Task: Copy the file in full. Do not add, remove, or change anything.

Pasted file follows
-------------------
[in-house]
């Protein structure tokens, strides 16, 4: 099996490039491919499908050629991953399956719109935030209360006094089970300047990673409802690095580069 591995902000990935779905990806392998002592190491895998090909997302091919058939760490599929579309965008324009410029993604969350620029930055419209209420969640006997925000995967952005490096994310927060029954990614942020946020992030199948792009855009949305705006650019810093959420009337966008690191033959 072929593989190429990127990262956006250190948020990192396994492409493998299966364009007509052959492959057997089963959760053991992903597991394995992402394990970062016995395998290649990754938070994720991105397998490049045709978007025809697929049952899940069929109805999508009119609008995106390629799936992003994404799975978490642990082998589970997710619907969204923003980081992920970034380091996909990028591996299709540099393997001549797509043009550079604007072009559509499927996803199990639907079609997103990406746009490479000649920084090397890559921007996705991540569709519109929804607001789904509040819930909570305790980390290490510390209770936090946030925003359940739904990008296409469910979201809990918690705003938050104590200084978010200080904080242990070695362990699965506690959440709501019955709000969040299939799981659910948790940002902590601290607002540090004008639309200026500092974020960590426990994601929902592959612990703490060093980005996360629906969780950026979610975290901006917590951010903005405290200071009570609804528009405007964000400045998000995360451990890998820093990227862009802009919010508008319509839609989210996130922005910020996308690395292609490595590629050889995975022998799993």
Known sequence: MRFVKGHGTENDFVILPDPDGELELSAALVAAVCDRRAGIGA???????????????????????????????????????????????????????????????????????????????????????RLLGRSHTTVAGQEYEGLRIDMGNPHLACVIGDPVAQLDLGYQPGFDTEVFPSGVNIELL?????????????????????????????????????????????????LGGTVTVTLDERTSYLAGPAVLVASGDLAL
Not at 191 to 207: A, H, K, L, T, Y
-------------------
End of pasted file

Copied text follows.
[in-house]
């Protein structure tokens, strides 16, 4: 099996490039491919499908050629991953399956719109935030209360006094089970300047990673409802690095580069 591995902000990935779905990806392998002592190491895998090909997302091919058939760490599929579309965008324009410029993604969350620029930055419209209420969640006997925000995967952005490096994310927060029954990614942020946020992030199948792009855009949305705006650019810093959420009337966008690191033959 072929593989190429990127990262956006250190948020990192396994492409493998299966364009007509052959492959057997089963959760053991992903597991394995992402394990970062016995395998290649990754938070994720991105397998490049045709978007025809697929049952899940069929109805999508009119609008995106390629799936992003994404799975978490642990082998589970997710619907969204923003980081992920970034380091996909990028591996299709540099393997001549797509043009550079604007072009559509499927996803199990639907079609997103990406746009490479000649920084090397890559921007996705991540569709519109929804607001789904509040819930909570305790980390290490510390209770936090946030925003359940739904990008296409469910979201809990918690705003938050104590200084978010200080904080242990070695362990699965506690959440709501019955709000969040299939799981659910948790940002902590601290607002540090004008639309200026500092974020960590426990994601929902592959612990703490060093980005996360629906969780950026979610975290901006917590951010903005405290200071009570609804528009405007964000400045998000995360451990890998820093990227862009802009919010508008319509839609989210996130922005910020996308690395292609490595590629050889995975022998799993």
Known sequence: MRFVKGHGTENDFVILPDPDGELELSAALVAAVCDRRAGIGA???????????????????????????????????????????????????????????????????????????????????????RLLGRSHTTVAGQEYEGLRIDMGNPHLACVIGDPVAQLDLGYQPGFDTEVFPSGVNIELL?????????????????????????????????????????????????LGGTVTVTLDERTSYLAGPAVLVASGDLAL
Not at 191 to 207: A, H, K, L, T, Y